In the previous post I pointed out that Julia Konstantinovsky correctly indicates that Prakitkos 2 and 3 are to be understood in terms of spiritual progress. This much holds true. Having achieved apatheia the ascetic has regained the ability to truly love. The ability to love clears the path to contemplation. The emphasis on love is significant. We find Evagrius (but also Palladius and Bishop John of Jerusalem) hinting that anger and hatred prevent contemplation and that angry ascetics (in spite of their strictness in abstinence) do not have true knowledge of created being (physike) nor have they attained true knowledge of God (theologike). The referents of this remarks were very like Epiphanius and Jerome (among others). This amounts to saying that not only do these ascetics lack spiritual knowledge, they have not even achieved praktike ! They are still beginners pretending to a knowledge they do not have because their anger prevents them to truly love and therefore truly know. It is of great importance to realize that – as far as Evagrius is concerned – he never wrote against Epiphanius, Jerome, or Theophilus. He remains silent. The controversy about Origen had been underway since 393 (originating with Epiphanius in Palastine) but Evagrius ever remained unwilling to risk disturbing his peace by allowing anger against his (human) opponents. Spiritual progress indeed.
Having learned to love
The ascetic efforts of praktike are not and end. Ascetic efforts serve it gain control over one’s inner life so that one – by the grace of God – becomes able to love. For God created the world out of love and it is by love that it can be known. This love will become deeper and more stable and as it does so it eventually opens the nous for knowledge of God. This is the progress implied when we move from Praktikos 2 (the Kingdom of Christ) to Praktikos 3 (the Kingdom of God). Lack of love prevents this progress. It is not possible to have true knowledge of creation (knowing God through his works), nor is it possible to have knowledge of God as Trinity (which is a loving union with God).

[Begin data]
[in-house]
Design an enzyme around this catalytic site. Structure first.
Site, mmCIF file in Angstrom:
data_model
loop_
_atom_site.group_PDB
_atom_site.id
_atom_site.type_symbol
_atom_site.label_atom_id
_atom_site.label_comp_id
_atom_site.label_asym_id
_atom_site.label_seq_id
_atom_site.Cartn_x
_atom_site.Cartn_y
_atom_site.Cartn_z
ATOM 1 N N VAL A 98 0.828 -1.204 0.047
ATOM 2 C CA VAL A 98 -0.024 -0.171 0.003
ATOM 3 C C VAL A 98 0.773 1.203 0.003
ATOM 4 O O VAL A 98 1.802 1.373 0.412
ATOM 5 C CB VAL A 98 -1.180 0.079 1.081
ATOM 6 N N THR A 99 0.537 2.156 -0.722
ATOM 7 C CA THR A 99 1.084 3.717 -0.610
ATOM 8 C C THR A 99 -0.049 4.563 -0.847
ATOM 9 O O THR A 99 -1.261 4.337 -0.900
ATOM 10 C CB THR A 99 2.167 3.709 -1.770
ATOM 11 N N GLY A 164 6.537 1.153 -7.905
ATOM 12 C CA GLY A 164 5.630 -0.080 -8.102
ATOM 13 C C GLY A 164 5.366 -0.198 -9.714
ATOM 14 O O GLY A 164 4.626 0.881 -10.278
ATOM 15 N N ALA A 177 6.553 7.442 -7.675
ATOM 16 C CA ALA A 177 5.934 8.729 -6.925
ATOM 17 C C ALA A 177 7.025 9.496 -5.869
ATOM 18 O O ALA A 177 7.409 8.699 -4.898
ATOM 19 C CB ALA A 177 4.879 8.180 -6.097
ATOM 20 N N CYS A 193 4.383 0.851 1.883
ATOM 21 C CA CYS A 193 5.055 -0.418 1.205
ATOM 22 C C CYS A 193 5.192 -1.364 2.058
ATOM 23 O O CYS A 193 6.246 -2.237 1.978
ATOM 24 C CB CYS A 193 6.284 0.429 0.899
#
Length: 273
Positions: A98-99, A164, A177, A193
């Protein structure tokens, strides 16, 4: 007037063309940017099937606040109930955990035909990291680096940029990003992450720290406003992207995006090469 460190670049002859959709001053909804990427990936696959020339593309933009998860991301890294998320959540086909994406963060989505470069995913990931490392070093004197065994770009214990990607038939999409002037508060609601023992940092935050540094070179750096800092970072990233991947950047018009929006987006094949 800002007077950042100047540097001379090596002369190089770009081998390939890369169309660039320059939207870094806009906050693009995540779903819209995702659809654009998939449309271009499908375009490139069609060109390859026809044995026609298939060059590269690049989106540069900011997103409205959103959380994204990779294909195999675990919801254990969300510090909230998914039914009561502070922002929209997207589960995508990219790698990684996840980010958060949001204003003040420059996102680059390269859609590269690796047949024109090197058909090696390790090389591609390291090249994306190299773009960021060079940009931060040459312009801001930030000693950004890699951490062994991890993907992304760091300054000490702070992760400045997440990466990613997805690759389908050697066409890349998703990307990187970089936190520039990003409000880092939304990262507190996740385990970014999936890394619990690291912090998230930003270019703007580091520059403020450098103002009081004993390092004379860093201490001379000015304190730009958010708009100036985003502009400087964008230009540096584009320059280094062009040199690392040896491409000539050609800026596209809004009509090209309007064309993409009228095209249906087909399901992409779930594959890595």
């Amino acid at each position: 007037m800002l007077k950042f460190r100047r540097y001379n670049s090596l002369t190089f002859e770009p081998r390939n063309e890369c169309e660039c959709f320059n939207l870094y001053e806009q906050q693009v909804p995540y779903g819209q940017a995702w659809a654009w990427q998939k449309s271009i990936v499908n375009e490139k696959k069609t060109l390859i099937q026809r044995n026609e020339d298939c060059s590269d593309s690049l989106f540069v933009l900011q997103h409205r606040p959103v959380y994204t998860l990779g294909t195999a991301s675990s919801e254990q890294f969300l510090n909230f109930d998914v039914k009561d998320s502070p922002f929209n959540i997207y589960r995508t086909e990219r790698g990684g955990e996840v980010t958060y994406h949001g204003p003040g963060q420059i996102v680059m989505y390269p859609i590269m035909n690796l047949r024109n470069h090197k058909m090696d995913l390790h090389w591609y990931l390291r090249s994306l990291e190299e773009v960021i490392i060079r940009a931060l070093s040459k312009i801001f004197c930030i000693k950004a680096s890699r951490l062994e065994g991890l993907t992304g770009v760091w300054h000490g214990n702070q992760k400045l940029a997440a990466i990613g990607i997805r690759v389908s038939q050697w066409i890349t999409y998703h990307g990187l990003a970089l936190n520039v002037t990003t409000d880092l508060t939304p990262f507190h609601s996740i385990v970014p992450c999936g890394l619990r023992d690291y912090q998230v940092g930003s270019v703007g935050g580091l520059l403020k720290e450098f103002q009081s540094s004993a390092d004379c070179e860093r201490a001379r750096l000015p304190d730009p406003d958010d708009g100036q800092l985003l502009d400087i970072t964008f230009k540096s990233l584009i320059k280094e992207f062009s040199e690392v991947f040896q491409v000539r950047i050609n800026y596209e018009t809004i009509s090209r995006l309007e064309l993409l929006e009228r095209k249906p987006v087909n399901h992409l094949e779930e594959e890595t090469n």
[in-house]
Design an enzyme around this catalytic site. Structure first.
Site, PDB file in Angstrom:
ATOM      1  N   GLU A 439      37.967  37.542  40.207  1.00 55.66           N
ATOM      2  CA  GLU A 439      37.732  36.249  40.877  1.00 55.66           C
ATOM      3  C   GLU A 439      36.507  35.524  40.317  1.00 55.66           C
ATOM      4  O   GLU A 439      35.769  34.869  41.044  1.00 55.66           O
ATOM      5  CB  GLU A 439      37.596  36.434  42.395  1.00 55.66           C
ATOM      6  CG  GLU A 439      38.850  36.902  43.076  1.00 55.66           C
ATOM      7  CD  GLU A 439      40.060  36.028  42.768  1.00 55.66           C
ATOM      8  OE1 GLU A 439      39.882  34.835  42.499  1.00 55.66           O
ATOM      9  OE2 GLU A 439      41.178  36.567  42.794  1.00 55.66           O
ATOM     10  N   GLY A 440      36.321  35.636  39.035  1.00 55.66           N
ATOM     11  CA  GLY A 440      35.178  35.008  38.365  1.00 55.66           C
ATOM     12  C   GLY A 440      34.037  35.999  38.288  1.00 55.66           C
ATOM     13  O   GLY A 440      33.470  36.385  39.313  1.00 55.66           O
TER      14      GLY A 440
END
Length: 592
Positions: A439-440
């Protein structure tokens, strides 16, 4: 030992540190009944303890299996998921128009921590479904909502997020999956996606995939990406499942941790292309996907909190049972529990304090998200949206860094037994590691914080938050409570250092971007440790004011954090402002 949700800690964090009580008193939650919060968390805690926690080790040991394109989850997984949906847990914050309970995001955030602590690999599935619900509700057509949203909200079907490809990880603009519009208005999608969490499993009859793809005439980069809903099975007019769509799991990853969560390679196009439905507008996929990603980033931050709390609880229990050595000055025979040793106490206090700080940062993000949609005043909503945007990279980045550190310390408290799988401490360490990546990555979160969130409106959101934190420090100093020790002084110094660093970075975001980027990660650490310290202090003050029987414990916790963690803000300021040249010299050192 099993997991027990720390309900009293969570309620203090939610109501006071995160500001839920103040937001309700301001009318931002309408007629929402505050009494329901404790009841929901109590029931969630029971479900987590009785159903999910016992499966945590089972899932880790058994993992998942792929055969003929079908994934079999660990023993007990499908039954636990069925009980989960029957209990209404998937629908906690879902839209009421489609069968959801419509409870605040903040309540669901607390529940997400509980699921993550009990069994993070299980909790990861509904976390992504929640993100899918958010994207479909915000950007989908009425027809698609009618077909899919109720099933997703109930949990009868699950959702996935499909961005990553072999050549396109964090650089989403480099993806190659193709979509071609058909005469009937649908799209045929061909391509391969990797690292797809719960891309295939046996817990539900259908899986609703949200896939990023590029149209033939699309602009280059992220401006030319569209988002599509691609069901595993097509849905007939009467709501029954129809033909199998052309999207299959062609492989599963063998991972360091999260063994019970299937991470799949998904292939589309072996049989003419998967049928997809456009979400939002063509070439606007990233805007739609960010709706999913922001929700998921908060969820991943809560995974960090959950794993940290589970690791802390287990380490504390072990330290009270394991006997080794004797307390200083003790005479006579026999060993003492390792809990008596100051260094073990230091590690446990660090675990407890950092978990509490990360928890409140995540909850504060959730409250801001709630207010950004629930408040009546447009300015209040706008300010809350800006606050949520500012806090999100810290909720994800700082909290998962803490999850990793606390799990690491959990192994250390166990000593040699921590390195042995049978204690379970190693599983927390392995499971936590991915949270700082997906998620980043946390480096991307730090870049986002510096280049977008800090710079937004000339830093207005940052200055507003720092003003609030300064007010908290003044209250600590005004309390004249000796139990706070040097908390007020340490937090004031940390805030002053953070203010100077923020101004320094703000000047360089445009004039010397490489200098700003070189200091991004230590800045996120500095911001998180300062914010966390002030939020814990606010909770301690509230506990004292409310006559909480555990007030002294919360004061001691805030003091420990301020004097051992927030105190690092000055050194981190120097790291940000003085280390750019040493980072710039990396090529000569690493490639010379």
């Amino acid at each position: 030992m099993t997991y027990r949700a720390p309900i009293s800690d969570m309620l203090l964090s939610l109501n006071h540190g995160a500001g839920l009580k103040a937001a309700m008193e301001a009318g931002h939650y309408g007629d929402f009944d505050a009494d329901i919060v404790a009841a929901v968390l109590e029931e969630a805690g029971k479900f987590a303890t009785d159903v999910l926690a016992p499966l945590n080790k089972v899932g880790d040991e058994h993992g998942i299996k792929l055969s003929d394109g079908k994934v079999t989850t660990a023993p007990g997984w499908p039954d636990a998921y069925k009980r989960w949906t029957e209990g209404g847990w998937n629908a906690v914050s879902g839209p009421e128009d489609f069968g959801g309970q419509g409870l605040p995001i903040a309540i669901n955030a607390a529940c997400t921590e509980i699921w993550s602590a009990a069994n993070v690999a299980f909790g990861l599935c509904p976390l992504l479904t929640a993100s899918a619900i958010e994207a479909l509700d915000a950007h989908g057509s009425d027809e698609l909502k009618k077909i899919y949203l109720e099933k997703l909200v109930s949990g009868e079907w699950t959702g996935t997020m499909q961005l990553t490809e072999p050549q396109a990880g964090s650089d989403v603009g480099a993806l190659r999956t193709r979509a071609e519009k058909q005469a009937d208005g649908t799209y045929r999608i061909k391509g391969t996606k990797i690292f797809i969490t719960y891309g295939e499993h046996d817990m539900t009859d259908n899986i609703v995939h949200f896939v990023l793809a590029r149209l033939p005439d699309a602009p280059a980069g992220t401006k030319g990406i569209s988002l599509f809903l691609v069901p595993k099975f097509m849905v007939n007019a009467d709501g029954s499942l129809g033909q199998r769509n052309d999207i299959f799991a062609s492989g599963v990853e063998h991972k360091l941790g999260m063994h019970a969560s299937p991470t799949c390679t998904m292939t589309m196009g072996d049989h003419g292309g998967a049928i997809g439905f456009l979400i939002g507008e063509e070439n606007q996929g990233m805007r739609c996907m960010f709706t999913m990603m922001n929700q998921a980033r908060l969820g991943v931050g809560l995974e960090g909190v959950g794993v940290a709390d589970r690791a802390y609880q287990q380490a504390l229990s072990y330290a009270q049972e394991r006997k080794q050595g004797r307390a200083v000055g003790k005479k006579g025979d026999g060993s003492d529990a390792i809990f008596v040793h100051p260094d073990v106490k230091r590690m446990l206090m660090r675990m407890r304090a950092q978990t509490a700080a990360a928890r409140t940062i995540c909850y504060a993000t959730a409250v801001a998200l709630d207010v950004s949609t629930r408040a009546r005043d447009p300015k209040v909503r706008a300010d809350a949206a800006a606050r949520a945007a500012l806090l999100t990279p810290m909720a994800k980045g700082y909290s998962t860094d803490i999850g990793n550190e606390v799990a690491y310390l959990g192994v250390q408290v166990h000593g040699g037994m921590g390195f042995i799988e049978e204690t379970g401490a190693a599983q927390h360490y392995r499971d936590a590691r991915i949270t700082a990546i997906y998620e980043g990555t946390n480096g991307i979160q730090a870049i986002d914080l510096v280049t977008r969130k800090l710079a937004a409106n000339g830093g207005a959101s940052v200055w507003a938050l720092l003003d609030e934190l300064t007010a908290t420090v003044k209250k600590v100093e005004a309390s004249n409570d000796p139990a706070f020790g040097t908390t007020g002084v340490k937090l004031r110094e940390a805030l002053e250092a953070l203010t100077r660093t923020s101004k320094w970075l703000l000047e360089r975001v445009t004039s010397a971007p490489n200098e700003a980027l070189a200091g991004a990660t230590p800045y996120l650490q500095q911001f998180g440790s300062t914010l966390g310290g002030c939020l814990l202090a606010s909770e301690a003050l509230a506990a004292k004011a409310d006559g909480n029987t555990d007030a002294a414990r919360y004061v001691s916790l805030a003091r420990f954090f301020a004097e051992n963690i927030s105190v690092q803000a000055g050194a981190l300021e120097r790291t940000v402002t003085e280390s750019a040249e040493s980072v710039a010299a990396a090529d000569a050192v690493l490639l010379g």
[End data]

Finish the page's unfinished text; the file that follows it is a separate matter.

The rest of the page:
THE Kingdom of Heaven is apatheia (dispassion) of the soul together with true knowledge of beings.
The kingdom of heaven (of Christ) is dispassion insofar as the control over the passions allows love to settle in the soul. The soul must be stable and not subject to chaotic movements of the passions. This stability allows for knowledge of beings or physike. Evagrius is here saying that the ascetic starts with praktike (ascetic efforts) so that he may learn to use the grace God has given him to regain control over his inner life. Once this has been achieved in a sufficient degree the ascetic will become able to begin the hard work of contemplation of beings. Evagrius’ (in)famous Kephalaia Gnostica deals with this level of knowledge and not theology as such. What was misunderstood about Evagrius’s thought such as is reflected in Justinian’s anathemas is therefore not the most important part of Evagrius’s thought. What we are dealing with is knowledge of God through creation. This includes knowledge of the Scriptures as well as knowledge of the reasons of creation. Someone who has not learned the discipline of “Origenist” askesis (and is familiar with its grammar ) does not have any chance of understanding an “Origenist” knowledge of beings. If this holds true it could explain Justinian’s 15 anathemas as precisely what happens when beginners on the way are given what is appropriate only for the advanced on the way. The Origenist Controversies can be (partly) understood as “noobs” playing on a level they do not have the XP points to have even a hope of success (to speak in gaming terms).